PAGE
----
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I write regex to remove more than 1 space in a string. The code is simple:

my $string = 'A string has more than 1      space';
$string = s/\s+/\s/g;

But, the result is something bad: 'Asstringshassmoresthans1sspace'. It replaces every single space with 's' character.

There's a work around is instead of using \s for substitution, I use ' '. So the regex becomes:

$string = s/\s+/ /g;

Why doesn't the regex with \s work?

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up vote 6 down vote accepted

\s is only a metacharacter in a regular expression (and it matches more than just a space, for example tabs, linebreak and form feed characters), not in a replacement string. Use a simple space (as you already did) if you want to replace all whitespace by a single space:

$string = s/\s+/ /g;

If you only want to affect actual space characters, use

$string = s/ {2,}/ /g;

(no need to replace single spaces with themselves).

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The answer to your question is that \s is a character class, not a literal character. Just as \w represents alphanumeric characters, it cannot be used to print an alphanumeric character (except w, which it will print, but that's beside the point).

What I would do, if I wanted to preserve the type of whitespace matched, would be:


The \K (keep) escape sequence will keep the initial whitespace character from being removed, but all subsequent whitespace will be removed. If you do not care about preserving the type of whitespace, the solution already given by Tim is the way to go, i.e.:

s/\s+/ /g
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\s stands for matching any whitespace. It's equivalent to this:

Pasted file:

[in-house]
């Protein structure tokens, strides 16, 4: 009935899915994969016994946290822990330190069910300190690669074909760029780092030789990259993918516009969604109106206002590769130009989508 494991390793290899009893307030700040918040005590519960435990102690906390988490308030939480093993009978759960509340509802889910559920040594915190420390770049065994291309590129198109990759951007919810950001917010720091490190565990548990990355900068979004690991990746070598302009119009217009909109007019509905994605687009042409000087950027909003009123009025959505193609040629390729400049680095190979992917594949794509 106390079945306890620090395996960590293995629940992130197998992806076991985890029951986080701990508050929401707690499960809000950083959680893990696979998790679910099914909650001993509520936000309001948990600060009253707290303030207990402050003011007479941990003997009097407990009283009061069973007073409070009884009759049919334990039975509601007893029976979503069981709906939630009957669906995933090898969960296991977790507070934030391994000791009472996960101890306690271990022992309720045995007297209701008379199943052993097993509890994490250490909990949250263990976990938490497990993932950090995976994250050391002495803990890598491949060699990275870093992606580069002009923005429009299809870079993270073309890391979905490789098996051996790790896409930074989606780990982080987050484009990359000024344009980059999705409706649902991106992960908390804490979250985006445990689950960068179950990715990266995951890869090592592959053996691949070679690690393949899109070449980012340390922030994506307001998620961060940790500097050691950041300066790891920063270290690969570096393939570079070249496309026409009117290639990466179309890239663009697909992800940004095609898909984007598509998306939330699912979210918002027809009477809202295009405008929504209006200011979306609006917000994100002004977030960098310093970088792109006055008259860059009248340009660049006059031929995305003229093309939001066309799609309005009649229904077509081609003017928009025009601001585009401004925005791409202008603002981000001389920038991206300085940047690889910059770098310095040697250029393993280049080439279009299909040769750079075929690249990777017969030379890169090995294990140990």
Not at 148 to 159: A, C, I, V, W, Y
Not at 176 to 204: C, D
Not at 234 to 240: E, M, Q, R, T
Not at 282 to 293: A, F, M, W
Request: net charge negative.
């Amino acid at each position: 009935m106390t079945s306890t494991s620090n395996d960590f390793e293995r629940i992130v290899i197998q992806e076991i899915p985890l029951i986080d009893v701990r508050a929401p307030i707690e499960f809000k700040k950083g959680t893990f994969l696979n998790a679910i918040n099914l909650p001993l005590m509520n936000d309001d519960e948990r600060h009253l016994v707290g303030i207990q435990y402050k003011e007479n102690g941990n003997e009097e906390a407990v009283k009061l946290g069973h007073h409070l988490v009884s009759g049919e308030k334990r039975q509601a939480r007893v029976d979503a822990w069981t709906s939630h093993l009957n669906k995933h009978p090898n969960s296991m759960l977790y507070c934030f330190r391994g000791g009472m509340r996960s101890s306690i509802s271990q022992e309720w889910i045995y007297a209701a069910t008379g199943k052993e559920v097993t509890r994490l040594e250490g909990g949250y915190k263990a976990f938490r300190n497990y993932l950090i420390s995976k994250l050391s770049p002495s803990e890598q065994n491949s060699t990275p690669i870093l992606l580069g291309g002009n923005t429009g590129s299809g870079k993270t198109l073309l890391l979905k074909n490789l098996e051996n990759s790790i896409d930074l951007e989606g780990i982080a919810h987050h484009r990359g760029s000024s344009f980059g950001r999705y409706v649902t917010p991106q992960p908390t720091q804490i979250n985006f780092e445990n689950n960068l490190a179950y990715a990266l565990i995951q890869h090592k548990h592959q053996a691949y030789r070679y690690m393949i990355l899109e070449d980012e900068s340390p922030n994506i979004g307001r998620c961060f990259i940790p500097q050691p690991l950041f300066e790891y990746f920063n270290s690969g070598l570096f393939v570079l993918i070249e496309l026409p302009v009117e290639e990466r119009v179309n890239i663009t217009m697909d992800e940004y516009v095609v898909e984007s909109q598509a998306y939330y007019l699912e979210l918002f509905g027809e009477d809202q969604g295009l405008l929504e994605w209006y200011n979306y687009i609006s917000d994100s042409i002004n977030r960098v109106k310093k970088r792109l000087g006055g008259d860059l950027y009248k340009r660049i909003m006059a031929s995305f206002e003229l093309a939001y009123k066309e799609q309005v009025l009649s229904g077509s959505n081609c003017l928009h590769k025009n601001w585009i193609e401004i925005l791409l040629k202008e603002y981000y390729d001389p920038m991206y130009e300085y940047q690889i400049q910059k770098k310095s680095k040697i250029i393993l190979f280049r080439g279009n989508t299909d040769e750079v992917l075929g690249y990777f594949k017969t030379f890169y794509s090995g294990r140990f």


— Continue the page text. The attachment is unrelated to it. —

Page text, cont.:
[\ \t\r\n\f]

When you replace with $string = s/\s+/\s/g;, you are replacing one or more whitespace characters with the letter s. Here's a link for reference:

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Why doesn't the regex with \s work?

Your regex with \s does work. What doesn't work is your replacement string. And, of course, as others have pointed out, it shouldn't.

People get confused about the substitution operator (s/.../.../). Often I find people think of the whole operator as "a regex". But it's not, it's an operator that takes two arguments (or operands).

The first operand (between the first and second delimiters) is interpreted as a regex. The second operand (between the second and third delimiters) is interpreted as a double-quoted string (of course, the /e option changes that slightly).

So a substitution operation looks like this:


The regex recognises special characters like ^ and + and \s. The replacement string doesn't.

If people stopped misunderstanding how the substitution operator is made up, they might stop expecting regex features to work outside of regular expressions :-)

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